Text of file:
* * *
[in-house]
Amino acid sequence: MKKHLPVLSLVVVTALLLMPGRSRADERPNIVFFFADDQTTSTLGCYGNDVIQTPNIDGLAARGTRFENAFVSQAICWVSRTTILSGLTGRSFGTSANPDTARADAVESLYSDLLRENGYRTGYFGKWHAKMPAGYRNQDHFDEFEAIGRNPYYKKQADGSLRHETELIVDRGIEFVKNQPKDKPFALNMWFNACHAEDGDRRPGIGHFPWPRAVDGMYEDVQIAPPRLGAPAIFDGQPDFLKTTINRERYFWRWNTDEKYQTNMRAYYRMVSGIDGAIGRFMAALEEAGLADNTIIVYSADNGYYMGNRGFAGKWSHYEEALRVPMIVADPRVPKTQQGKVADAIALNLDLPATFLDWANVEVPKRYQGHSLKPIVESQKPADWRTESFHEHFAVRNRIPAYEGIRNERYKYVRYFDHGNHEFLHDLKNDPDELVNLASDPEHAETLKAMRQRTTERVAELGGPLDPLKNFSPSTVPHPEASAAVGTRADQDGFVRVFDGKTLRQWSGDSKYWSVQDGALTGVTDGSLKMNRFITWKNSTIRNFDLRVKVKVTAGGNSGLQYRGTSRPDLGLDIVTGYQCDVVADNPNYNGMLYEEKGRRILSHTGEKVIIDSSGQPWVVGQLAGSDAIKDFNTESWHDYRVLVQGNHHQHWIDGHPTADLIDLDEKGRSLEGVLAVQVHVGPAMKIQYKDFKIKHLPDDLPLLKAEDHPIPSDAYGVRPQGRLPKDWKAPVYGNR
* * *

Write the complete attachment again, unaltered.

[in-house]
Amino acid sequence: MKKHLPVLSLVVVTALLLMPGRSRADERPNIVFFFADDQTTSTLGCYGNDVIQTPNIDGLAARGTRFENAFVSQAICWVSRTTILSGLTGRSFGTSANPDTARADAVESLYSDLLRENGYRTGYFGKWHAKMPAGYRNQDHFDEFEAIGRNPYYKKQADGSLRHETELIVDRGIEFVKNQPKDKPFALNMWFNACHAEDGDRRPGIGHFPWPRAVDGMYEDVQIAPPRLGAPAIFDGQPDFLKTTINRERYFWRWNTDEKYQTNMRAYYRMVSGIDGAIGRFMAALEEAGLADNTIIVYSADNGYYMGNRGFAGKWSHYEEALRVPMIVADPRVPKTQQGKVADAIALNLDLPATFLDWANVEVPKRYQGHSLKPIVESQKPADWRTESFHEHFAVRNRIPAYEGIRNERYKYVRYFDHGNHEFLHDLKNDPDELVNLASDPEHAETLKAMRQRTTERVAELGGPLDPLKNFSPSTVPHPEASAAVGTRADQDGFVRVFDGKTLRQWSGDSKYWSVQDGALTGVTDGSLKMNRFITWKNSTIRNFDLRVKVKVTAGGNSGLQYRGTSRPDLGLDIVTGYQCDVVADNPNYNGMLYEEKGRRILSHTGEKVIIDSSGQPWVVGQLAGSDAIKDFNTESWHDYRVLVQGNHHQHWIDGHPTADLIDLDEKGRSLEGVLAVQVHVGPAMKIQYKDFKIKHLPDDLPLLKAEDHPIPSDAYGVRPQGRLPKDWKAPVYGNR